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Academy Award winning director Barry Jenkins inspires at University of Redlands event

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Barry Jenkins answers questions from the crowd at Orton Center at the University of Redlands on February 26, 2019. (MIA ARANDA/ La Plaza Photo)

By MIA ARANDA

For director Barry Jenkins, February 26, 2017 would become a significant night in his career that he would never forget. The competition was fierce for best picture that year with distinguished films such as Manchester by the Sea, La La Land, Moonlight, and Hidden Figures. When the best picture award was to finally be announced, Warren Beatty looked hesitantly at the envelope for a few seconds until Faye Dunawaye presented the award to La La Land. While the cast of La La Land gave their thank-you speeches, the audience began to anticipate something wrong when a backstage worker announced that there had been a mistake causing Moonlight to win. Jenkins told his audience at the University  of Redlands that for 40 minutes he wondered if his win was legitimate, “it wasn’t until I saw that card that I was like, ‘You know what, no, we did win Best Picture.’ But I won’t ever forget those 40 minutes.”

Award-winning director and writer of the films “Moonlight” and “If Beale Street Could Talk,” Barry Jenkins, hosted a Q & A session at the Orton Center at the University of Redlands on the evening of February 26.

Vice president of the U of R associated students Liran Koropitzer introduced Jenkins by describing how he “has earned eight Academy Award nominations, ten broadcasts, critics choice award nominations, six Golden Globe Nominations, and four BAFTA nominations.”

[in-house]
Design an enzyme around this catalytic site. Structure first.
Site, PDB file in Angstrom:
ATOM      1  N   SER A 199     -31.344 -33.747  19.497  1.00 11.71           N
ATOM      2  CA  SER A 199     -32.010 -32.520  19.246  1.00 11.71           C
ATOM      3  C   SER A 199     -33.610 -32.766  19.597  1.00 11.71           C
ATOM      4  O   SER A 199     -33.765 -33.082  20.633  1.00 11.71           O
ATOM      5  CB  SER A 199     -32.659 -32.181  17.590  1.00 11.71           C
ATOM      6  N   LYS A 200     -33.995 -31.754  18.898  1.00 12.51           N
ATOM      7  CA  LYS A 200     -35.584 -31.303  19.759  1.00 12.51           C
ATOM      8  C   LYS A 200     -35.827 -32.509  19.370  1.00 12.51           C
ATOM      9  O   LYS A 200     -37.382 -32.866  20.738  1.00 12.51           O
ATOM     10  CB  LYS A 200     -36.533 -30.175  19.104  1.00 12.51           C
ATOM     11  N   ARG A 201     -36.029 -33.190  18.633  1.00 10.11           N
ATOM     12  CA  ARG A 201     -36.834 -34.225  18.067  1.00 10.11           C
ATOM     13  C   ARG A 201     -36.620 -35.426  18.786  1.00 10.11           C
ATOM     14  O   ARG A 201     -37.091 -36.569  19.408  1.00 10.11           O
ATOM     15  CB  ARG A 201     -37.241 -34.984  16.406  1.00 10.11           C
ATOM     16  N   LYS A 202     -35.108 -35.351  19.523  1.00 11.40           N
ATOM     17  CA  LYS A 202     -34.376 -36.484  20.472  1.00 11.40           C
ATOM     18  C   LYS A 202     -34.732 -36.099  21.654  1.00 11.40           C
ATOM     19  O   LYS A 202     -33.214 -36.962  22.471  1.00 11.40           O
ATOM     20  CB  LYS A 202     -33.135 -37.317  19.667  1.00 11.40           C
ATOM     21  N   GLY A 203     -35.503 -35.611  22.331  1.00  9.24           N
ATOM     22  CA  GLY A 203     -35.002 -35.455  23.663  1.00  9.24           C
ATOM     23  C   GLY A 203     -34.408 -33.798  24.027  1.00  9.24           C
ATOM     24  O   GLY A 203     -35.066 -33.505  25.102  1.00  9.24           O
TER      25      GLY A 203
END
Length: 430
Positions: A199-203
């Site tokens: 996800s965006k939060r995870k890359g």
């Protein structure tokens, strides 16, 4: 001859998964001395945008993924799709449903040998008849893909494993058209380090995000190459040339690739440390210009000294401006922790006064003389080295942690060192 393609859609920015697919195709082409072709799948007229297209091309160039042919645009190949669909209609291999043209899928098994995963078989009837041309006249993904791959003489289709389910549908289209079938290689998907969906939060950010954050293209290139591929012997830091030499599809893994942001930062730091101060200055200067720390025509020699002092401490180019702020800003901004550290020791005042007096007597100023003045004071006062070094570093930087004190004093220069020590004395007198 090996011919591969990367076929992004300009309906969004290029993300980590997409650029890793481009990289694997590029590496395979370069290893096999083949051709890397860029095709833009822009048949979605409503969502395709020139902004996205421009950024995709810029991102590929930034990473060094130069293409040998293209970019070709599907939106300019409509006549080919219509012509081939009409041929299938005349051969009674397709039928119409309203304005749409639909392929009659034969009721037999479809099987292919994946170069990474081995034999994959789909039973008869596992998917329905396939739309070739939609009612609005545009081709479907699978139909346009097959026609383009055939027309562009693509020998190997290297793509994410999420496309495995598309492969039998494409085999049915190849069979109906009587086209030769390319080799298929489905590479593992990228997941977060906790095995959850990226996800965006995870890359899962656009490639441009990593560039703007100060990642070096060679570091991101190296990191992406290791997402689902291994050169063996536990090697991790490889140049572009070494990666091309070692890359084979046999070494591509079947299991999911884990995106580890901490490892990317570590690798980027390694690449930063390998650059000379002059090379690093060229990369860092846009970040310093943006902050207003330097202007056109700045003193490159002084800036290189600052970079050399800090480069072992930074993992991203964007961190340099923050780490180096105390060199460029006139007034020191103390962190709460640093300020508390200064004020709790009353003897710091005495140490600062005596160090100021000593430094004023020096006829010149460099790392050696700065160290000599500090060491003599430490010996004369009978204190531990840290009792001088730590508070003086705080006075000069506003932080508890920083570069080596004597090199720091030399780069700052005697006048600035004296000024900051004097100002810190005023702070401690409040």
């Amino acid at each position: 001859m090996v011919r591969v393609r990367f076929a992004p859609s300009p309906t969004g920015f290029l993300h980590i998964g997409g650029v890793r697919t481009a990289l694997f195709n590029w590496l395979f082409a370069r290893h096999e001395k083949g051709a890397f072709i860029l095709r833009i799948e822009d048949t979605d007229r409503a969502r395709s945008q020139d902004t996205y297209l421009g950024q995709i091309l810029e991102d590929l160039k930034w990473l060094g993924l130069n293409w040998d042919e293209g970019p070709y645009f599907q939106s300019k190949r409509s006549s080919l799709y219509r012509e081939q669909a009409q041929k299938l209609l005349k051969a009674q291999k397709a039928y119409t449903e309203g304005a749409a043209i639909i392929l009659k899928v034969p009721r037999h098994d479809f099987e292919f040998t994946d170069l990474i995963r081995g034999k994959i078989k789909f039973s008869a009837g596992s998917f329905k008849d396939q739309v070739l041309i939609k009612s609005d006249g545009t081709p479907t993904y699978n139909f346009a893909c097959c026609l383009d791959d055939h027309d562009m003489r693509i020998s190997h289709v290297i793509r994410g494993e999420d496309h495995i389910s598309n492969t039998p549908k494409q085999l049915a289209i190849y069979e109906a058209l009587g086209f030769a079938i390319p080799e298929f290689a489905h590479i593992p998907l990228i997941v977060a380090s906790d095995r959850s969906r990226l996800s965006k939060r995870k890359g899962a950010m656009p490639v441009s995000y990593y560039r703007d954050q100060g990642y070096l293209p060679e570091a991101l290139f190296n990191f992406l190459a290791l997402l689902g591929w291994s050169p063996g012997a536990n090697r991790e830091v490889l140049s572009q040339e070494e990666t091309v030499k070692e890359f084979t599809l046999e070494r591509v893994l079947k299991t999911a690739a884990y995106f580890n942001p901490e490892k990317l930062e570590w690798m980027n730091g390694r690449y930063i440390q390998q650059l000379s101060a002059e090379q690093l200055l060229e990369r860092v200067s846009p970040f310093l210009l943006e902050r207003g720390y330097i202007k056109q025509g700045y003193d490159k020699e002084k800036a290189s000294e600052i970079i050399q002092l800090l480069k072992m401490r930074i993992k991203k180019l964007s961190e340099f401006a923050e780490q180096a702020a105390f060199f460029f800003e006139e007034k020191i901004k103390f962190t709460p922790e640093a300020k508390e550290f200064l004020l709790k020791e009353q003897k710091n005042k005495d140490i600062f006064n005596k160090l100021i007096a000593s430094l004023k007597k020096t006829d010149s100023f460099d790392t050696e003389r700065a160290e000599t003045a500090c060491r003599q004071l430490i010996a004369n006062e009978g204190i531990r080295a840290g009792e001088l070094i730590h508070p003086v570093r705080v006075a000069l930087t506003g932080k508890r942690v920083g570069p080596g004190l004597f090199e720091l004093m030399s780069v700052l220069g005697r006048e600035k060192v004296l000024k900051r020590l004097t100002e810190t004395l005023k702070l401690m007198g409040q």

For the first half of the night, Jennifer Tilton, professor of race and ethnic studies, interviewed Jenkins with questions that some of her students helped generate.

Throughout the night, Jenkins had a very lively spirit as he answered everyone’s questions. He was motivational and would frequently joke with the crowd.

Below are seven memorable quotes from the evening spoken by Jenkins.

1. “I never go from a to b to c to z. That’s just not how my brain works.

2. “I think when you think of progress as a direction, and not a destination, then you have true progress, which needs to be continual and unfortunately gradual. So I do think as much amazing change as there has been, I was at the Academy Awards just now and there wasn’t a single woman nominated for best director and yet I can name at least three films made by women, that were, I’ll say this to be fair, that were as good as anything anybody else made in the world today. — I don’t want to scare nobody.”

3. “I was in Tallahassee, Florida in my little film school but I felt they way you feel and what I had to realize was one, two my experience was an asset and the idea that I didn’t feel I fit into the spaces was a plus and not a minus. But also too, in the world that we live in you don’t have to look far for inspiration, you just don’t. If you want to surround yourself in work that you feel a part of you maybe can’t do it right here, you know, in Redlands, but the internet is a very vast and wide thing.”

4. “Can they be best told by people who have had those experiences? Probably. I can’t say definitively, you know, as a straight man who made a movie about a gay main character that resonated with people. . . I think what its about is, again, respect and diligence.”

5. “I grew up just like the kid in Moonlight. I had never held a camera. Didn’t know what cameras did. It was much more difficult to make a movie back then because you couldn’t see what you were doing. It literally took math and chemistry to understand how the image was going to be reflected when the footage came back from the lab and I literally had to ask myself, can I not do this because I’m Black and I’m poor and my mom’s addicted to crack cocaine, or do I just not have the tools, the tools that these kids have because they grew up in the suburbs with home cameras.”

6. “There’s nothing written on an Oscar when you get it. It’s just a blank Oscar. So this whole thing with the mix up, I get up one stage and I have the Oscar and they’re like ‘Oh, there’s been a mistake, bla bla bla.’ I go back stage. It took like 40 minutes for Warren Beatty to find me and show me the envelope. And until that moment, the imposter syndrome was like, ‘Is this real?’ Like, ‘Have I won Best Picture?’ Now all these demons in the back of my head. Someone like me doesn’t win Best Picture. For 40 minutes, they’re there.”

7. “Find people you could vibe with, you could grow with…Find people you click with. . . Homeboy’s not famous, he can’t help me? . . . Y’all get famous together.”

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